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WTA Finals, not Elite Trophy, should be last event of season, says women's tennis body chief Steve Simon

Zhuhai: Women's Tennis Association chief executive Steve Simon said he wants the WTA Finals to become the last event of the season from 2019, meaning a likely swap with the ongoing Elite Trophy in Zhuhai.

Simon said the Elite Trophy, which features 12 players ranked roughly from nine to 20, should precede the WTA Finals, the traditional season finale which has the women's top eight and which finished on Sunday.

SINGAPORE - OCTOBER 20:  (L-R) Caroline Garcia of France, Caroline Wozniacki of Denmark, Elina Svitolina of Ukraine, Simona Halep of Romania, Garbine Muguruza of Spain, Karolina Pliskova of Czech Republic, Venus Williams of the United States and Jelena Ostapenko of Latvia pose during the Official Draw Ceremony and Gala of the BNP Paribas WTA Finals Singapore presented by SC Global at Marina Bay Sands Hotel on October 20, 2017 in Singapore.  (Photo by Clive Brunskill/Getty Images for WTA)

The top eight women's tennis players pose during the official draw ceremony of WTA Finals. Getty

"Several years ago they were flipped," Simon told reporters at the $2 million Elite Trophy in Zhuhai, southern China.

"It is something I would like to see changed going forward. It won't happen in 2018 but for '19 and beyond it would be my goal to see the WTA Finals as the last event of the year, no question.

"I think it's something that we have to fix long term."

Former World No 1 Caroline Wozniacki won the WTA Finals in Singapore on Sunday, but this week's less prestigious Elite Trophy will now round off the arduous women's season.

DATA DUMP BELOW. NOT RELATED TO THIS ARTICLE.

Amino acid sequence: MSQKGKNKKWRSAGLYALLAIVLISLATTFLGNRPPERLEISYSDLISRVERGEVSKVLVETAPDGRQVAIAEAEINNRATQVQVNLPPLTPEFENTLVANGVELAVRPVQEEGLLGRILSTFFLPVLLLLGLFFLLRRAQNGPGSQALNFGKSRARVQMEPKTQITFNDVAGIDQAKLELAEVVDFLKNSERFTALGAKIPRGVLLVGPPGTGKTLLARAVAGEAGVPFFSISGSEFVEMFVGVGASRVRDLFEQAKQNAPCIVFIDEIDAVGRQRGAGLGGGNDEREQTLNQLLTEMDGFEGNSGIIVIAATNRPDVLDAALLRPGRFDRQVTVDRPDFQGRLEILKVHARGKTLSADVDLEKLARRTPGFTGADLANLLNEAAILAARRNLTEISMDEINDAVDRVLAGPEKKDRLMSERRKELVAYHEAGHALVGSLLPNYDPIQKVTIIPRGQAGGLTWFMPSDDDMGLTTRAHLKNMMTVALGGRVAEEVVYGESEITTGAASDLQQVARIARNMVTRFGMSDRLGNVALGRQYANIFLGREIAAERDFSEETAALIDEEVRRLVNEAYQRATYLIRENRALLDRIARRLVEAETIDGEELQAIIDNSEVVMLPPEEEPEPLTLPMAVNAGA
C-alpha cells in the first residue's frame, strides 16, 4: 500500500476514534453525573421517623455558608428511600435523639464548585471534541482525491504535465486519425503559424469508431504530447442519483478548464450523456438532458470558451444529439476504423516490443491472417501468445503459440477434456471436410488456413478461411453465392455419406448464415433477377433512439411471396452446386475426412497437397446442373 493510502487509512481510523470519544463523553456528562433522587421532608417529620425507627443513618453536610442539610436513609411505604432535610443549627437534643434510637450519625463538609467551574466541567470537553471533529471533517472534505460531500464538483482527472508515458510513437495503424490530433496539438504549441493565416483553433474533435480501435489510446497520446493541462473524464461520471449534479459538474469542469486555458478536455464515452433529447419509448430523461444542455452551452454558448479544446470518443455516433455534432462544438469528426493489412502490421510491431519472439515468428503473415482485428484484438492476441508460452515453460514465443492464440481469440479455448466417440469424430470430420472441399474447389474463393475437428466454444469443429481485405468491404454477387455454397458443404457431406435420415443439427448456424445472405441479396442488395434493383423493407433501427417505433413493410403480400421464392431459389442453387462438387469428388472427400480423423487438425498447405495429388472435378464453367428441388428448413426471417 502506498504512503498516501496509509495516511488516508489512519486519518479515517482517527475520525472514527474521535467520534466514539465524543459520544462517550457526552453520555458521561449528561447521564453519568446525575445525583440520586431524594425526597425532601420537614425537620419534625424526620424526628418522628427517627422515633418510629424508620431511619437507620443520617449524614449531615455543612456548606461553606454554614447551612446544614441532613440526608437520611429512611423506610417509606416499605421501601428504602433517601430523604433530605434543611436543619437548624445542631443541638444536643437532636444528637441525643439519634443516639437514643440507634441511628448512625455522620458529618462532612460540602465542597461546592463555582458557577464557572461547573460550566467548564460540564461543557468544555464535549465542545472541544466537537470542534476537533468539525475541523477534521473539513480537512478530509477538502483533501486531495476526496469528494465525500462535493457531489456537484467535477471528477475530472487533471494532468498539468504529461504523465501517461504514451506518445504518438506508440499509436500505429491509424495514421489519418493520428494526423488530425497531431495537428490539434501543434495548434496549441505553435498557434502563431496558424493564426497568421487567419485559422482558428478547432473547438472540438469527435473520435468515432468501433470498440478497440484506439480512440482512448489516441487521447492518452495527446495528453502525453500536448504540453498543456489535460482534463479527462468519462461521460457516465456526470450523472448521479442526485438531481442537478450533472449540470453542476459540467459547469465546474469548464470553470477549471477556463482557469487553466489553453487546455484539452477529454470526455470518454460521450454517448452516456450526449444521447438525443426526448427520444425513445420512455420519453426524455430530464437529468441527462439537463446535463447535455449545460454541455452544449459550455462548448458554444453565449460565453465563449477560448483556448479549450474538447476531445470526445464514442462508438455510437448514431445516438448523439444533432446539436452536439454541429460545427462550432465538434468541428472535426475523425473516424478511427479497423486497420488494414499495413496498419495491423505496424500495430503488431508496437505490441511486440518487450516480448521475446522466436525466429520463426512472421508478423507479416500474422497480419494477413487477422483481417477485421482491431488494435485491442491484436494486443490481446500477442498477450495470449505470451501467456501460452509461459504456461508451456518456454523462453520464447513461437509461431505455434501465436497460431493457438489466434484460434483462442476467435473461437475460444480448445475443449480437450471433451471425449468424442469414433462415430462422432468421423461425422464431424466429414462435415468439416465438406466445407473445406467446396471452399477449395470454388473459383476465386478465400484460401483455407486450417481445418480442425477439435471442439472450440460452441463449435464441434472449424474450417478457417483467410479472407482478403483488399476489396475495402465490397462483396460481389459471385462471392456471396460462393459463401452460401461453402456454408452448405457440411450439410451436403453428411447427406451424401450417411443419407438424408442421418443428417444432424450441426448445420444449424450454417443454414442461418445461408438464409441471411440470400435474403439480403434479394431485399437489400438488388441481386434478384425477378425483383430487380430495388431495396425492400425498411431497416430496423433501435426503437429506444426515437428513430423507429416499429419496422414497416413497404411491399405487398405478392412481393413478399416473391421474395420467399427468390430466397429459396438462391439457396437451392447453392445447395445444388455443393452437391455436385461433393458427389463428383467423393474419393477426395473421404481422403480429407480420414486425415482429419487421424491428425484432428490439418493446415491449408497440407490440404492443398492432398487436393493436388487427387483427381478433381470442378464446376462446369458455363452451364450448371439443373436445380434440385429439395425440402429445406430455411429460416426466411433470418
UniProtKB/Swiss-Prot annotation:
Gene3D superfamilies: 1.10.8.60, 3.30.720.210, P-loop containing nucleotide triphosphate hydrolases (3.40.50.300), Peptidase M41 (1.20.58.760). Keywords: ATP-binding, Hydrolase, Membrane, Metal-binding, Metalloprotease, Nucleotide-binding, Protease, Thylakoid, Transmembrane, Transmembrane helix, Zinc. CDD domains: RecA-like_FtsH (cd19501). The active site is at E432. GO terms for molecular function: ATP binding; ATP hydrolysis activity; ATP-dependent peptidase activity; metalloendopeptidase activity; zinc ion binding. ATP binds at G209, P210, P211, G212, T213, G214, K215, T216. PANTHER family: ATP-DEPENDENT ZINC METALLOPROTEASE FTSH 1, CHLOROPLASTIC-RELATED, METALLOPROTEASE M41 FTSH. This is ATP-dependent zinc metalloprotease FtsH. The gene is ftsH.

Simon said he had no plans to cut back on the busy end-of-year schedule, which is focused on Asia and is often hit by a spate of injuries and retirements as the long season takes its toll.

Simon admitted that the tour had a "crowded and mature calendar", but he said scrapping Zhuhai, or any other Asian tournament, was not necessarily the answer.

"What sport do you play where at the end of the season players aren't tired, they're not held together by tape, ice and aspirin?" he quipped.

"Based upon the investments that have been made it's very hard to tell somebody we don't want you anymore... That can hurt you too.

"So you have to respect the investment that's been made and see how you can get creative and make it work."

'Great facilities, no fans'

Zhuhai has built a new tennis centre with a 5,000-seat centre court, while Wuhan has a main stadium for 15,000 spectators, similar to Wimbledon. The Tianjin Open also has a purpose-built facility.

Simon said China had "a great desire" to develop in tennis, following Li Na's breakthrough achievement in winning two Grand Slam singles tournaments before retiring in 2014.

"You're seeing more courts being built... more grassroots programmes coming in, they're taking it to the schools, they're doing a lot of things that fully support the investment," he said.

However, he acknowledged that more work was needed to attract crowds, particularly at a new event such as Zhuhai, which started in 2015.

"There's a feeling and a perception, and it's to some extent fair, that great events, great facilities, great hospitality, no fans. Where are they?" he said.

"It's something we have to work on. But I think that the idea that because that's a challenge, that you shouldn't be here, is the wrong approach... Nothing's easy."

Simon said he was also hopeful that China would unearth a successor to Li Na, who was far and away the country's most successful player so far. China currently has five women in the top 100, led by Peng Shuai at 27.

With more players coming into the sport and more opportunities, "the odds of another group coming through will be very good", he said.

Updated Date: Nov 04, 2017 17:25 PM

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